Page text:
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New Study Uses Topography of Human Skin
October 1, 2019

Whether from regular use, overuse or abuse, every device is bound to develop cracks at some point. That’s just the nature of things.

Guy German, associate professor of biomedical engineering at Binghamton University, State University of New York. Credit: Binghamton University, State University of New York.

Cracks can be especially dangerous, though, when working with biomedical devices that can mean life or death to a patient.

According to information, a new study from a Binghamton University research team uses the topography of human skin as a model not for preventing cracks but for directing them in the best way possible to avoid critical components and make repairs easy.

The study, published in the journal Scientific Reports, is led by Binghamton University Associate Professor of Biomedical Engineering Guy German and PhD student Christopher Maiorana. For the study, Maiorana engineered a series of single-layer and dual-layer membranes from silicone-based polydimethylsiloxane (PDMS), an inert and nontoxic material used in biomedical research. Embedded into the layers are tiny channels meant to guide any cracks that form – which, when part of a biomedical device, would give more control over how the cracks form. Potential damage could go around critical areas of flexible electronics, for instance, increasing its functional lifespan.

“In this relatively new field of hyperelastic materials – materials that can really stretch – there’s been a lot of work, but not in the area of fracture control,” Prof. German said. “Fracture control has only been explored in more brittle materials.”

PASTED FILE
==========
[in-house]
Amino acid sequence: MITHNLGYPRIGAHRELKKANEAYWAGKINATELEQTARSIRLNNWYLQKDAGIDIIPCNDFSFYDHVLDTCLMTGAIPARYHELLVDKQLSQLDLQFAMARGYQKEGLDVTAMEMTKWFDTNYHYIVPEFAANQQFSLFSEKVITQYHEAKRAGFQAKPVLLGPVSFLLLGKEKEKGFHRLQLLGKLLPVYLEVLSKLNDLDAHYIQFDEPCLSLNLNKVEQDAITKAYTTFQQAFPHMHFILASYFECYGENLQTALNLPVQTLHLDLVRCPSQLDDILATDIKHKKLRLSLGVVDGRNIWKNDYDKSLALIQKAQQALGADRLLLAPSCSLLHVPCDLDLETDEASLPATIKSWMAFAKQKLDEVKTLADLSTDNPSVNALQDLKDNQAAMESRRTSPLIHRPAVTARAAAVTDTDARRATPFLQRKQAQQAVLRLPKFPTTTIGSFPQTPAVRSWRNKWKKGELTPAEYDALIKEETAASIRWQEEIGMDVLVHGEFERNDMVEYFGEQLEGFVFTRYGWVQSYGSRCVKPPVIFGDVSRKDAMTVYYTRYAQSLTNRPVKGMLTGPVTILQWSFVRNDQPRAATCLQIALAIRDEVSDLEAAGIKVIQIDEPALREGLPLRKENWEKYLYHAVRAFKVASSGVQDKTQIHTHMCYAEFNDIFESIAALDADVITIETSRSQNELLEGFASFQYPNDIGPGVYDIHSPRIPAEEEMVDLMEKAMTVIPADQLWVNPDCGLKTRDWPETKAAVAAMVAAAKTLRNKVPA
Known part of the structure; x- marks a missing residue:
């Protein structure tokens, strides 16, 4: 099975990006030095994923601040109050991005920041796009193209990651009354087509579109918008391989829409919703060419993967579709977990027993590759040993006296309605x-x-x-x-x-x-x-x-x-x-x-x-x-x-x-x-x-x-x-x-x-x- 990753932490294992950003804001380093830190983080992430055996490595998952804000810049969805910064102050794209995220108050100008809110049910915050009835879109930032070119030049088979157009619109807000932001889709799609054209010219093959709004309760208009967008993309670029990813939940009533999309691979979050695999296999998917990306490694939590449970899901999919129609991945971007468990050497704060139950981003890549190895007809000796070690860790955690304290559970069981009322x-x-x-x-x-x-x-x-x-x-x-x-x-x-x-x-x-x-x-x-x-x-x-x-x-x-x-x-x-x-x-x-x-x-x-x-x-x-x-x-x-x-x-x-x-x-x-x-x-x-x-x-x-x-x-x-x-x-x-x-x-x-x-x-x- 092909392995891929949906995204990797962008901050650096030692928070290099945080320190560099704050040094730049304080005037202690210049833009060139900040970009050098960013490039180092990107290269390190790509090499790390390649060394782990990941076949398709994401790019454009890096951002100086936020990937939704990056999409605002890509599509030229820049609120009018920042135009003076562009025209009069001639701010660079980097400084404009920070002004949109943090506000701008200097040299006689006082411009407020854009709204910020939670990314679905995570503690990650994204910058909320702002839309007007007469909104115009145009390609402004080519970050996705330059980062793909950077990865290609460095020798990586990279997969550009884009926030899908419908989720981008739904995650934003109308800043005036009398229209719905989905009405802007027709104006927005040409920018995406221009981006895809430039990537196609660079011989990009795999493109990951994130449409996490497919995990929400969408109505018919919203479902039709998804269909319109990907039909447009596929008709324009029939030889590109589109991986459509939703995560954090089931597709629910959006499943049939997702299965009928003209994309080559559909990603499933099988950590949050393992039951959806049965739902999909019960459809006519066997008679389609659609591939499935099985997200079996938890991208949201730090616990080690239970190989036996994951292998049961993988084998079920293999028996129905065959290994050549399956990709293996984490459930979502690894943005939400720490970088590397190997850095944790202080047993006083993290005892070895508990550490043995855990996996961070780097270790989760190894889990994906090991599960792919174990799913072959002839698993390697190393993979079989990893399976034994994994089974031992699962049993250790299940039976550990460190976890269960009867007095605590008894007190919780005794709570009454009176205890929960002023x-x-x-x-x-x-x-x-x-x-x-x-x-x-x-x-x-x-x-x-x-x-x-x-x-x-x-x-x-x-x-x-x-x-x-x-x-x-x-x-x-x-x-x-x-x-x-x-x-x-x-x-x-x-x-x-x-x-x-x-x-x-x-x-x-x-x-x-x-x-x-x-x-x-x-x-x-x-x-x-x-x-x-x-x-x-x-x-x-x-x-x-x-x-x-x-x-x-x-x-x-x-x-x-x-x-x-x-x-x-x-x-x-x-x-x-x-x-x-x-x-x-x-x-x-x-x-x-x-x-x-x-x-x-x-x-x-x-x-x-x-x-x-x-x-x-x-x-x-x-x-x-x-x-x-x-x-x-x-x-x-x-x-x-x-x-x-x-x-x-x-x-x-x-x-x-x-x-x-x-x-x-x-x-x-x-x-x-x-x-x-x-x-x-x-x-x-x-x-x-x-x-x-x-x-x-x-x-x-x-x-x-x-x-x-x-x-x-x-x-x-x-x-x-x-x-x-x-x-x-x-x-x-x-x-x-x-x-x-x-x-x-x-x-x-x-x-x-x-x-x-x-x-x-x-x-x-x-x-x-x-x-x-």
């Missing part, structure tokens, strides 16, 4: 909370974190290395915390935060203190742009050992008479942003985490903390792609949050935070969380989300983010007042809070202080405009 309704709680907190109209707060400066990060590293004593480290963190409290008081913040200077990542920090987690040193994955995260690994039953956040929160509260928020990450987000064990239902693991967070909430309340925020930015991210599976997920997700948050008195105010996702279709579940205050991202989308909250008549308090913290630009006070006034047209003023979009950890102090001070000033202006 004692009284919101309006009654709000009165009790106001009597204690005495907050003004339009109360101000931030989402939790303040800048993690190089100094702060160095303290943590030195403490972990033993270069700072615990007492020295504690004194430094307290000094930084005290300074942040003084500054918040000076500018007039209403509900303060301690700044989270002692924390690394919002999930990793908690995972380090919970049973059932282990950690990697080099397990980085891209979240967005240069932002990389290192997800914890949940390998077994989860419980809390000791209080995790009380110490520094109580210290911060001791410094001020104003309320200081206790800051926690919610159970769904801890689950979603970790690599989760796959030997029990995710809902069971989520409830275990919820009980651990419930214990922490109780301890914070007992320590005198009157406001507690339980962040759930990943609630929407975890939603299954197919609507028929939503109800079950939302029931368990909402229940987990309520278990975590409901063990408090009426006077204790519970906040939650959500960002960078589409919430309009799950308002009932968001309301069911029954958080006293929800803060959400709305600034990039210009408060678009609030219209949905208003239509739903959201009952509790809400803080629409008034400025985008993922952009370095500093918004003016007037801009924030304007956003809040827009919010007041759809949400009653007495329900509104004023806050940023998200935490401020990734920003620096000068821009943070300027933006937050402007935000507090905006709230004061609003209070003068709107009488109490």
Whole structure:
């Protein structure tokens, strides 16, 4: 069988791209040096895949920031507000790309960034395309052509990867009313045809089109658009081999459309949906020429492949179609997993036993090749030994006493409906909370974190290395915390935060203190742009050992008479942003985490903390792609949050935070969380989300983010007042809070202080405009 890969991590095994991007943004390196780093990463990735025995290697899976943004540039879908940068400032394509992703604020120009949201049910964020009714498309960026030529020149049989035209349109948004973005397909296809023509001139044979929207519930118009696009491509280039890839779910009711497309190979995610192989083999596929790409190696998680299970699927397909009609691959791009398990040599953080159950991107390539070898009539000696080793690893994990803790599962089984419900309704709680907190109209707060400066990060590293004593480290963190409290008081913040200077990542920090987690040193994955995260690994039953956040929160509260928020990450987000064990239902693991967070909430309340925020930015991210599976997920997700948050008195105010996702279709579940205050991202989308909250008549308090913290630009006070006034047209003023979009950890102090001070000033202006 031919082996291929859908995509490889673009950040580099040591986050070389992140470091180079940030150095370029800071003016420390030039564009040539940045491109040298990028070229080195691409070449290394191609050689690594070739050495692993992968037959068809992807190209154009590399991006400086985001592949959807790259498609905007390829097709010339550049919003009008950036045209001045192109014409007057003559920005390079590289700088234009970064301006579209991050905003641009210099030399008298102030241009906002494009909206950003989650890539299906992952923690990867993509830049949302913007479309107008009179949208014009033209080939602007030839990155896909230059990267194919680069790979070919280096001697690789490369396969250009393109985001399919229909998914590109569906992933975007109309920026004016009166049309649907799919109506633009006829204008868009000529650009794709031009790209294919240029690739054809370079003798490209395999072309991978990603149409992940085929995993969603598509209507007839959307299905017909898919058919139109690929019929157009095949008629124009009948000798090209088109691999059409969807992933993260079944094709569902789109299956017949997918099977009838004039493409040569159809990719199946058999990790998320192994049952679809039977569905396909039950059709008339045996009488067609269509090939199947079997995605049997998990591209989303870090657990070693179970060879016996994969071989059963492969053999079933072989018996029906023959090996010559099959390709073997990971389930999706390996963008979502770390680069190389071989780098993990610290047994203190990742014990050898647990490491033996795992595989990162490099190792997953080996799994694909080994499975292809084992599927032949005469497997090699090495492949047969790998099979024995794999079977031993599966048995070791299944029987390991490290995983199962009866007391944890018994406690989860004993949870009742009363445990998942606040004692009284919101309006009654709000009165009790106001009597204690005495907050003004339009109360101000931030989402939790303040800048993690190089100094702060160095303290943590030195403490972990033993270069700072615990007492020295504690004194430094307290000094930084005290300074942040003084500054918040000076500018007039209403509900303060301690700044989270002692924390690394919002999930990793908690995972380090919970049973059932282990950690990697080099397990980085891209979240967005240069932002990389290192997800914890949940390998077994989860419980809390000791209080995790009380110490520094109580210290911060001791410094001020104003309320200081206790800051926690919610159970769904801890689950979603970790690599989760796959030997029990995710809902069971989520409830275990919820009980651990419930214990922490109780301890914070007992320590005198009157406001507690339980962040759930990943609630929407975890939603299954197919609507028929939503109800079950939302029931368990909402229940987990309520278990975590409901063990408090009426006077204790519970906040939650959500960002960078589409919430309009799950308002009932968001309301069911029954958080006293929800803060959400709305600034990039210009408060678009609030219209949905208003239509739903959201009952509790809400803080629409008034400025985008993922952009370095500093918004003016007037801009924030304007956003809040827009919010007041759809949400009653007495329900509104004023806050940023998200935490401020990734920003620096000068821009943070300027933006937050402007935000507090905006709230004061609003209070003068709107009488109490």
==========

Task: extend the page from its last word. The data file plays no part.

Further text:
What’s particularly important, Maiorana and Prof. German said, is having PDMS as the basis for the flexible membrane, since it is known for its wide variety of uses. The study also integrates other common materials.

“We do it without using any exotic material,” Maiorana said. “We’re not inventing some new metal or ceramic. We’re using rubber or modifying normal glass to do these things. We’ve taken this really basic idea and made it functional.”

Prof. German’s ongoing research on human skin made him realize that the outermost layer – known as the stratum corneum – exhibits a network of v-shaped topographical microchannels that appear to be capable of guiding fractures to the skin.

This study began with the idea of recreating this effect in nonbiological materials. Previous attempts to direct microcracks have utilized more solid means, such as copper films around the most sensitive parts of flexible electronics components.

The study “Embedding topography enables fracture guidance in soft solids” also included research from Mitchell Erbe, Travis Blank and Zachary Lipsky. It was supported by Prof. German’s National Science Foundation CAREER Award.

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